The sweet trapping of tapping Maples: As the sap begins to flow, volunteers at nature center get ready to show visitors how trees ooze the stuff of syrup.


February 20, 1997|By Sandra Crockett | Sandra Crockett,SUN STAFF

The people gather in a small group, holding drills in one hand and bits in the other. The men and women of various ages are dressed to brave the cold in thick, weather-resistant jackets, waterproof hiking boots, hats and scarves. They are prepared for the work they are about to do.

Everyone is in a good mood, because they are all here willingly. They are about to go maple-sugaring.

We are approaching maple-sugaring season in Maryland, and there are a number of events in the area that will let you experience the harvest that leads to syrup.

The people ready to embark outdoors with the necessary instruments in tow are volunteers and a staff member with the Irvine Natural Science Center in Stevenson.

They have gone through an intensive two-day training session to learn about the process. They have to be at least a little proficient in maple-sugaring, because soon they will lead tour groups of very inquisitive children as part of the center's maple-sugaring program.

Malcolm Gee, 69, has been volunteering his time for the Irvine Science Center's maple-sugaring program for three years, so he is an old hand at the process and even helps the neophytes in the group with their bits and drills.

"I enjoy working with kids and I enjoy the outdoors," says the retired chemist, who lives in the Forest Park area of the city.

Erin Wisnieski is on the staff of the Irvine Science Center and is leading the group this cold but -- thankfully -- sunny and dry February morning.

"We will only tap a small number of trees," she tells the group. "We are not really into production but into demonstration."

The children who take the tour will learn how to identify maple trees, which lose their leaves in the fall. Staff members at the center provide teachers with a brochure, a sort of mini-lesson on maple sugaring. The brochure helps teachers prepare their students by explaining such facts as how to find a maple in the middle of winter.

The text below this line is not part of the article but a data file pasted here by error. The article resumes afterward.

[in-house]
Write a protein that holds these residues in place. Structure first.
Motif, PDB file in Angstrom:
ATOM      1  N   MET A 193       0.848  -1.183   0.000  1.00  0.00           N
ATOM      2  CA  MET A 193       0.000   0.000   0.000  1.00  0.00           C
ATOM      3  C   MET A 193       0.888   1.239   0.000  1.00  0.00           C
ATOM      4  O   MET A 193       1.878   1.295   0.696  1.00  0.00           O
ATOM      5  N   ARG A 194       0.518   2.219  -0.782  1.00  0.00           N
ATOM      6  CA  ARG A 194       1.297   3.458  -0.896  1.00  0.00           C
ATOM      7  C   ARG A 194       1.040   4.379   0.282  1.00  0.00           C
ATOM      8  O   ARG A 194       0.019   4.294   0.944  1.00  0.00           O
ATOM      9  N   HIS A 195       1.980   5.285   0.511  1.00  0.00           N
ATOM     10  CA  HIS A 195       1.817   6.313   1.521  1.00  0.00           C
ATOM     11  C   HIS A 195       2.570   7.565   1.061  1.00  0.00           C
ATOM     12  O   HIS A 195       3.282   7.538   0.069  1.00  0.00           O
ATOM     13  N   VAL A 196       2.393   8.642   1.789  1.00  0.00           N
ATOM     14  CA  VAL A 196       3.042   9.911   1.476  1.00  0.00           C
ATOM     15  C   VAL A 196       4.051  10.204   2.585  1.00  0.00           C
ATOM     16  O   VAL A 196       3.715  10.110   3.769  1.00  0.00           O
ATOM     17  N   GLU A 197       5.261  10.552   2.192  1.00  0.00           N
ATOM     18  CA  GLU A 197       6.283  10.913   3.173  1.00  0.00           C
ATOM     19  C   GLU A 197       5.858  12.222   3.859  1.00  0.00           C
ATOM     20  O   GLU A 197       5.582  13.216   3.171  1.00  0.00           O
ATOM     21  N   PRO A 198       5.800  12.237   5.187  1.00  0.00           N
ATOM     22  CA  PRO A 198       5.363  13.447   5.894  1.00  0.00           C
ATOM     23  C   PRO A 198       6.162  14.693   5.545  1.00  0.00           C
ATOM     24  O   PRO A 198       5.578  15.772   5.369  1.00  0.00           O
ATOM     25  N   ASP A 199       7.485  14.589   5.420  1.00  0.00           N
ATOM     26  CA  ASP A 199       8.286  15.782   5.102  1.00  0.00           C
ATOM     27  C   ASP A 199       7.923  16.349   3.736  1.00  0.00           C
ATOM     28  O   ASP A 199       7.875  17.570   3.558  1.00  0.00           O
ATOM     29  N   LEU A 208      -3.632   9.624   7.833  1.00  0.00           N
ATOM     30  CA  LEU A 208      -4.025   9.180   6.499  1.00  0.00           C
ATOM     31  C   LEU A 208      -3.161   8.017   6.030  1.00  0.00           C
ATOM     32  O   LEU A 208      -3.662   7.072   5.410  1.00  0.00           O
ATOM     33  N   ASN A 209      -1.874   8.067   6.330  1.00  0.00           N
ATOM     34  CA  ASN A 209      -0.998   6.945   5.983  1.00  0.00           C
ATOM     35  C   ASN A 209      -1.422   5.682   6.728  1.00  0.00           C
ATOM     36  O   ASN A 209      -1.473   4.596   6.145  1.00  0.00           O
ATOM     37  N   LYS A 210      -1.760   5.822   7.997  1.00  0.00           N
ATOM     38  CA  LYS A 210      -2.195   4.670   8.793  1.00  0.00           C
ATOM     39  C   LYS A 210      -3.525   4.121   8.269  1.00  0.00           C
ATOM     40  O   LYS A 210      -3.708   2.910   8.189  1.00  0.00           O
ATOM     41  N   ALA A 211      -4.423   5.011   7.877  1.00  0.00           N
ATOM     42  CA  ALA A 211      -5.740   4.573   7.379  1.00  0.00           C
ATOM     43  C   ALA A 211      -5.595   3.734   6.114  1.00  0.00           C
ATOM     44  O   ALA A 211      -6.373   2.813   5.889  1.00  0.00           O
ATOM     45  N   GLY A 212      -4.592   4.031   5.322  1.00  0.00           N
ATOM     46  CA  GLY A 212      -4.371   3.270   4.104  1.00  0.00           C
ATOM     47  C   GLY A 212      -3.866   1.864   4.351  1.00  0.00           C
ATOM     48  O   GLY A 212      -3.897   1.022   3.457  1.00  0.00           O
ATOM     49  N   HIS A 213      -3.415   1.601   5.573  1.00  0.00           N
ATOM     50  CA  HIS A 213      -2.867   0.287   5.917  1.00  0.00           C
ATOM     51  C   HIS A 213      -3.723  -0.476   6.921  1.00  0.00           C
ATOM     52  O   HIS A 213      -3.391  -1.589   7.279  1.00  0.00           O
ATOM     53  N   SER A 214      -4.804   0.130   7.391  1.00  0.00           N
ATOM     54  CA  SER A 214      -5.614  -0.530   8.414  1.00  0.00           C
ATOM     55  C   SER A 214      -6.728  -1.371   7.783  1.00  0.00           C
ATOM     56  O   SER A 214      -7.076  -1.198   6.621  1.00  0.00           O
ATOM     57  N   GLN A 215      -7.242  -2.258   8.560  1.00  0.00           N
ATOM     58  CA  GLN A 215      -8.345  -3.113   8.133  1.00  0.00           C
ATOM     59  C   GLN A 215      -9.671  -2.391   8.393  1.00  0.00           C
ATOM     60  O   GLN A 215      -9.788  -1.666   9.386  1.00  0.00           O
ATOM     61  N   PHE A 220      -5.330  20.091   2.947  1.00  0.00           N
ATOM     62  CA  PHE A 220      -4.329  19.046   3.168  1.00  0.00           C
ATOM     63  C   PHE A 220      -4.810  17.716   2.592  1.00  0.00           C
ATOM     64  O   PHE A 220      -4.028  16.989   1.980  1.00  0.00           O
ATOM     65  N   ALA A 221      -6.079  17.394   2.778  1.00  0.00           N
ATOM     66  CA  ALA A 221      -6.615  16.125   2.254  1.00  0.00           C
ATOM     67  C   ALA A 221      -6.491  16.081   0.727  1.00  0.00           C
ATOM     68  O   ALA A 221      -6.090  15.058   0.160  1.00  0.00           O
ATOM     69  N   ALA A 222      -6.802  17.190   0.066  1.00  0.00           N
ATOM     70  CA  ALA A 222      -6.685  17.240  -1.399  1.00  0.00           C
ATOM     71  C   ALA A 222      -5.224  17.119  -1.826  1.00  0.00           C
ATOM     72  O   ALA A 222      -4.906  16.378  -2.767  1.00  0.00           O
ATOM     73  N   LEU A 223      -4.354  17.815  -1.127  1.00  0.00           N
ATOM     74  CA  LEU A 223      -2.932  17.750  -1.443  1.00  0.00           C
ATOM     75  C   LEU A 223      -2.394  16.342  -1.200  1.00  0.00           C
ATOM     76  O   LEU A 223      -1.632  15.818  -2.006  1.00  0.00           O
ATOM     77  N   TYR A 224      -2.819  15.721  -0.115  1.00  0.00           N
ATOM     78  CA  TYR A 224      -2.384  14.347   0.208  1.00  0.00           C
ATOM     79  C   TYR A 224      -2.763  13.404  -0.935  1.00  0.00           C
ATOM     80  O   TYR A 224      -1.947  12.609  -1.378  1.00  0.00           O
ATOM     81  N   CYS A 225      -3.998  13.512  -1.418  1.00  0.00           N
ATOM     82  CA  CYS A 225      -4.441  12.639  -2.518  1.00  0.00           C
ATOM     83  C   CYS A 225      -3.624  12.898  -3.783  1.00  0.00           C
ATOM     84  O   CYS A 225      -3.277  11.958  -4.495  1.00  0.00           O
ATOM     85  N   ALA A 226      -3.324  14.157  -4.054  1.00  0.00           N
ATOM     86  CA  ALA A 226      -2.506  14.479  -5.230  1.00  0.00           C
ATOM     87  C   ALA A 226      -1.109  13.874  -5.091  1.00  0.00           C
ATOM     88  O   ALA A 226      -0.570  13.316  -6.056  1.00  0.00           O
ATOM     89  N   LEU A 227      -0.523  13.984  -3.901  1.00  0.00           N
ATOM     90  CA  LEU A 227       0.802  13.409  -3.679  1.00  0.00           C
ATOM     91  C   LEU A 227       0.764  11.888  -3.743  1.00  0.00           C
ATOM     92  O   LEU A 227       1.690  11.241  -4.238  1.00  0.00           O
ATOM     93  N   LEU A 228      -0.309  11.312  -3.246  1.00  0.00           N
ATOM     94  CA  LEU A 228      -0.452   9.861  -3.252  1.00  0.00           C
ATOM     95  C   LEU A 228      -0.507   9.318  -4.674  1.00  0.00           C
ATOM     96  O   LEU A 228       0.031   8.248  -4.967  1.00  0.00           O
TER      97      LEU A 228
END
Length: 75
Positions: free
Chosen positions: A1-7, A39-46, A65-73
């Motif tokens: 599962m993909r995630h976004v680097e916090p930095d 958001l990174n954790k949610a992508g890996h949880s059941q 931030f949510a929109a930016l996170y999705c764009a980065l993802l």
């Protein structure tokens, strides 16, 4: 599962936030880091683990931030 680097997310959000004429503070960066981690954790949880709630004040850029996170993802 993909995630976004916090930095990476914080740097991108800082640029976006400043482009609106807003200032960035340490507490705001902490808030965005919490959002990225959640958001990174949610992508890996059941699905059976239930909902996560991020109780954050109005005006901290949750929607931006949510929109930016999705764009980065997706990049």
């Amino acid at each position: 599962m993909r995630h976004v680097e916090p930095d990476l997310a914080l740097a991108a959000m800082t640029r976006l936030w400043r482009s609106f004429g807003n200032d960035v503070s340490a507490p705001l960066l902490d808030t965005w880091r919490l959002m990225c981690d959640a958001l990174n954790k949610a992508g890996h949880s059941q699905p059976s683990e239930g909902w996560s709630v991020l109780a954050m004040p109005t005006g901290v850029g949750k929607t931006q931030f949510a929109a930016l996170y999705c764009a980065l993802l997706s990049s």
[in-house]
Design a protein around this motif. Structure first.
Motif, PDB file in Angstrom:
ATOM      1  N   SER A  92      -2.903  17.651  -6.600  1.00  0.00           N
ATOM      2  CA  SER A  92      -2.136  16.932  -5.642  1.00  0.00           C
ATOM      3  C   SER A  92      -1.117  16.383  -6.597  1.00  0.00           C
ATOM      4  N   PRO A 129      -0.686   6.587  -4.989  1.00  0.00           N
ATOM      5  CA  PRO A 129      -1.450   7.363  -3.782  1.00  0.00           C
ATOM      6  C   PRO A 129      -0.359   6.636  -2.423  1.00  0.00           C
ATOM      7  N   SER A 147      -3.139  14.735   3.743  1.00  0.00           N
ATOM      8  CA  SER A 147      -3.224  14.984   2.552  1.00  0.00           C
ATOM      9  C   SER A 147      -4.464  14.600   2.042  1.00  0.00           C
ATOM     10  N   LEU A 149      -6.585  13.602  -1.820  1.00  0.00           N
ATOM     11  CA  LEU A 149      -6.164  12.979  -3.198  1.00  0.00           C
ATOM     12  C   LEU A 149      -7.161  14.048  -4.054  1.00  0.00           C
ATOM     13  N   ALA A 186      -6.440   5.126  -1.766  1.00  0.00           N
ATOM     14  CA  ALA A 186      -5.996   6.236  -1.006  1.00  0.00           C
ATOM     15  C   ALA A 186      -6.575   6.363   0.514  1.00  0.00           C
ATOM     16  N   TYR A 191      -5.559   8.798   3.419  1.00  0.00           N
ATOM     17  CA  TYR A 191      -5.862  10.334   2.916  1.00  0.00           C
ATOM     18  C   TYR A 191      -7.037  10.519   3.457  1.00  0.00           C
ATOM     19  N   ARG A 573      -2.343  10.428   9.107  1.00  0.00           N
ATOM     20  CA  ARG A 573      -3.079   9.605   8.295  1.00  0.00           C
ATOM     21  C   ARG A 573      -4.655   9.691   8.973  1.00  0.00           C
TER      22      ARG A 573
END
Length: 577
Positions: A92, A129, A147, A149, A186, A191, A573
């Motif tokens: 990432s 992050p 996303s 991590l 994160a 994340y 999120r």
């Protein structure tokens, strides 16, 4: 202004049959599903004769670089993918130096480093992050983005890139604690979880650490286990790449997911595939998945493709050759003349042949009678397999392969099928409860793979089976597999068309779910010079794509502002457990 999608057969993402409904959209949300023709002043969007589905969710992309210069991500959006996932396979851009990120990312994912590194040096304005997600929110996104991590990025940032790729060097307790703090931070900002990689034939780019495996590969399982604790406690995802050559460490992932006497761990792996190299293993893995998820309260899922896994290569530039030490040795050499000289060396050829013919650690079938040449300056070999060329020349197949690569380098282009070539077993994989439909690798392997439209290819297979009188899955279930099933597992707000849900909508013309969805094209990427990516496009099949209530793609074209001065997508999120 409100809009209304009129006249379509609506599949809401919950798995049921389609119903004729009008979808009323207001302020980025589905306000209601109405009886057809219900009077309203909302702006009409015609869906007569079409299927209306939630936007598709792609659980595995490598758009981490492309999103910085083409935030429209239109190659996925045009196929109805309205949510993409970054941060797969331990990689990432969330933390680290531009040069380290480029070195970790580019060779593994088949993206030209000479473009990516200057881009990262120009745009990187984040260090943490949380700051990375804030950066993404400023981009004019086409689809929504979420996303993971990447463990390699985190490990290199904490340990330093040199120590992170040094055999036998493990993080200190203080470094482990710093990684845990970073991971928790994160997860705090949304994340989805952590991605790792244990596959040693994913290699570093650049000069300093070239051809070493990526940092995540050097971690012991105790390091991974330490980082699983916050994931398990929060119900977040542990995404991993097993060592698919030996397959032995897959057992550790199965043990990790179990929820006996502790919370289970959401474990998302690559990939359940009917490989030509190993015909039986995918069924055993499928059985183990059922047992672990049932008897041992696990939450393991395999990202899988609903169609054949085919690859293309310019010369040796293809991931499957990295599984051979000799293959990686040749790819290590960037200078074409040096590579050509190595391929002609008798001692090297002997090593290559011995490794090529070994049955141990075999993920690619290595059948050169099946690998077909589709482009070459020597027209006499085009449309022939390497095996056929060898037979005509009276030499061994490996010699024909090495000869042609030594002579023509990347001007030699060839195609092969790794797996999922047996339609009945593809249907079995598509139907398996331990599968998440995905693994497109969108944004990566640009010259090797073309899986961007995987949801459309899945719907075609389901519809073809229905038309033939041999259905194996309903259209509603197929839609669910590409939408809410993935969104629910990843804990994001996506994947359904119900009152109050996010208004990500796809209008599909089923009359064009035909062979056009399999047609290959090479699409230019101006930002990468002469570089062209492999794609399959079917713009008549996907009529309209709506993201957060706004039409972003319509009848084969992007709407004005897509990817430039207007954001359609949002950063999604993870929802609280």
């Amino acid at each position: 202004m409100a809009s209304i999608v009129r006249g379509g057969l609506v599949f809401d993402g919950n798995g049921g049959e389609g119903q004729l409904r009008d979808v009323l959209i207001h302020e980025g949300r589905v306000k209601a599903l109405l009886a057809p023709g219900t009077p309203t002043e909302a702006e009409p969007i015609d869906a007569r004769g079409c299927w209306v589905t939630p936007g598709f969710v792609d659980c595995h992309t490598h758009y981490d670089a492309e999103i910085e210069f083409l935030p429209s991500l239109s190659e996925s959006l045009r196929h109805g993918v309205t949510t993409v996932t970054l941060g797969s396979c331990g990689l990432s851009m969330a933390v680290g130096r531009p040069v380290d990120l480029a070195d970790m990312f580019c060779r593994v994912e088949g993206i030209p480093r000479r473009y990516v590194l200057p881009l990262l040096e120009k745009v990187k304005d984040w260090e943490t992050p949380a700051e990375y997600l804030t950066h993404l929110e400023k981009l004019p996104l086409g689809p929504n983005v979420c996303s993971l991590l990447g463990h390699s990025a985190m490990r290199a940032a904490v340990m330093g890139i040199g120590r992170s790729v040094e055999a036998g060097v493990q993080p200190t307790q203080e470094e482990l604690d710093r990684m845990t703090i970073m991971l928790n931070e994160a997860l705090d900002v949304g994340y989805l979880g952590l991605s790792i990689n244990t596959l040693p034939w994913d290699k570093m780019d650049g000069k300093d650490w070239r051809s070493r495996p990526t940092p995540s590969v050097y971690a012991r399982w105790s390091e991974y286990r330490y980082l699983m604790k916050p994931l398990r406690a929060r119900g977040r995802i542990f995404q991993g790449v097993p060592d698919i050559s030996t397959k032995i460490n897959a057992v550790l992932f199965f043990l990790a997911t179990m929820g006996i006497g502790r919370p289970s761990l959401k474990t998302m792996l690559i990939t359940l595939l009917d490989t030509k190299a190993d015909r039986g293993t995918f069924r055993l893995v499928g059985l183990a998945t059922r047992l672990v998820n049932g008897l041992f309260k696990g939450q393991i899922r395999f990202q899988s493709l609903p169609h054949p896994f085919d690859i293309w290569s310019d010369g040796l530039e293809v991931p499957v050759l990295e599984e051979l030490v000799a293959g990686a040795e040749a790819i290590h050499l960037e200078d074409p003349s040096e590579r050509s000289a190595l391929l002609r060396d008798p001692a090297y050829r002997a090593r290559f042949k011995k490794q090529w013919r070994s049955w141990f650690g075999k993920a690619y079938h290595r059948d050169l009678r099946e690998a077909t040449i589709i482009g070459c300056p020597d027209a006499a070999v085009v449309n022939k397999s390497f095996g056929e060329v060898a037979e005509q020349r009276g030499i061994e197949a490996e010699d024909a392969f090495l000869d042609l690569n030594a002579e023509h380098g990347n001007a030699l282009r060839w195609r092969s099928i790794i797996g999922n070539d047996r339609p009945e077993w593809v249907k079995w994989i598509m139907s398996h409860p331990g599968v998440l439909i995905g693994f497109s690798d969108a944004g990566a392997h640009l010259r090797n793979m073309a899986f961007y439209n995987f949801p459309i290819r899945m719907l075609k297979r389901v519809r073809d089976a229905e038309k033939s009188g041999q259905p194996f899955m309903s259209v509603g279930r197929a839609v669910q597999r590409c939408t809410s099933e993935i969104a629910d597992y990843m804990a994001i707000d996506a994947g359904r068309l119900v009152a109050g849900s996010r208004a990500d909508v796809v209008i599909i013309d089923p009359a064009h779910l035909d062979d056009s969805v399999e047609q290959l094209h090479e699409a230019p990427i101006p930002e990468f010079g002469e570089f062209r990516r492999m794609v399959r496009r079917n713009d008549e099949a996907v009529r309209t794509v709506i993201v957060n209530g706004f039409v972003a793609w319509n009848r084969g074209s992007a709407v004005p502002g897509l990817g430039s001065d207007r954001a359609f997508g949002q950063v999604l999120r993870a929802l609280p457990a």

"During the winter, the best way to identify a sugar maple is by its twigs and buds. Maples have smooth buds," according to the brochure.

And not all maple trees produce equal amounts of syrup, Wisnieski says.

"You will learn that some of our trees do better than others," she tells the group.

The volunteers are ready to begin the "maple walk" and head outdoors and over a few hills. "Take a look at the bud and see if you can tell me what kind it is," Wisnieski coaches the group as she points out a tree.

Everyone passes the "test" by identifying the tree as a red maple.

"Let's see if we can find where it was tapped before, because we don't want to tap in the same place," she says. Tapping a tree does not harm it, although it is good not to "overtap" one.

Wisnieski continues by offering advice to the volunteers on the correct way to tap the tree. "Tap at an upward angle so it will flow out," she explains. "Not too hard. You don't want to split the tree."

A spile, which is a spigot used to take sap from a tree, is inserted. Then a container is hooked underneath to catch the liquid that comes out.

The best type of weather for maple-sugaring is a cold, frosty night followed by some days of temperatures above freezing, Wisnieski explains.

And if there are tiny round holes in the trunk of a tree, they were most likely made by a particular bird -- the yellow-bellied sapsucker.

"I like to tickle kids with the knowledge that there really is a yellow-bellied sapsucker. They think that is a made-up name," says 69-year-old Frank Treuchet, who has volunteered at the center for more than 10 years.

The birds really do enjoy sucking the sap from maple trees, he tells the children. And they also seem to know where the best trees are, Wisnieski says.

The children, some of whom may get to taste a tiny drop of the syrup if it gets on their fingertips, probably will not like it. Maple syrup direct from a tree tastes mostly like water -- because it is mostly water.

Sap from an average maple is about 97 percent water, with the rest being sugar. Excess water must be boiled away to get the syrup.

Tips on tapping

Interesting facts about maple sugaring from the Irvine Natural Science Center's booklet:

For an average season, one hole tapped in a tree yields one quart of syrup. If you want a half-cup of syrup for your pancakes, you will need to collect about 1.5 gallons of sap.

From late winter to early spring is usually the only time when the weather is right for tapping trees. A combination of warm days and cool nights makes the sap run but keeps the buds from opening. Once the buds open and the tree starts leafing out, the sap is no longer sweet.

The sugar found in sap is food that the tree uses for its new spring growth. The trunk of a tree should be at least 12 inches in diameter (3 feet in circumference) for good tapping. Larger trees can take more taps: one for each additional 6 inches in diameter. Three taps is the suggested maximum for any tree.

Sweet spots

A sampling of maple sugaring demonstrations and events:

Oregon Ridge Nature Center

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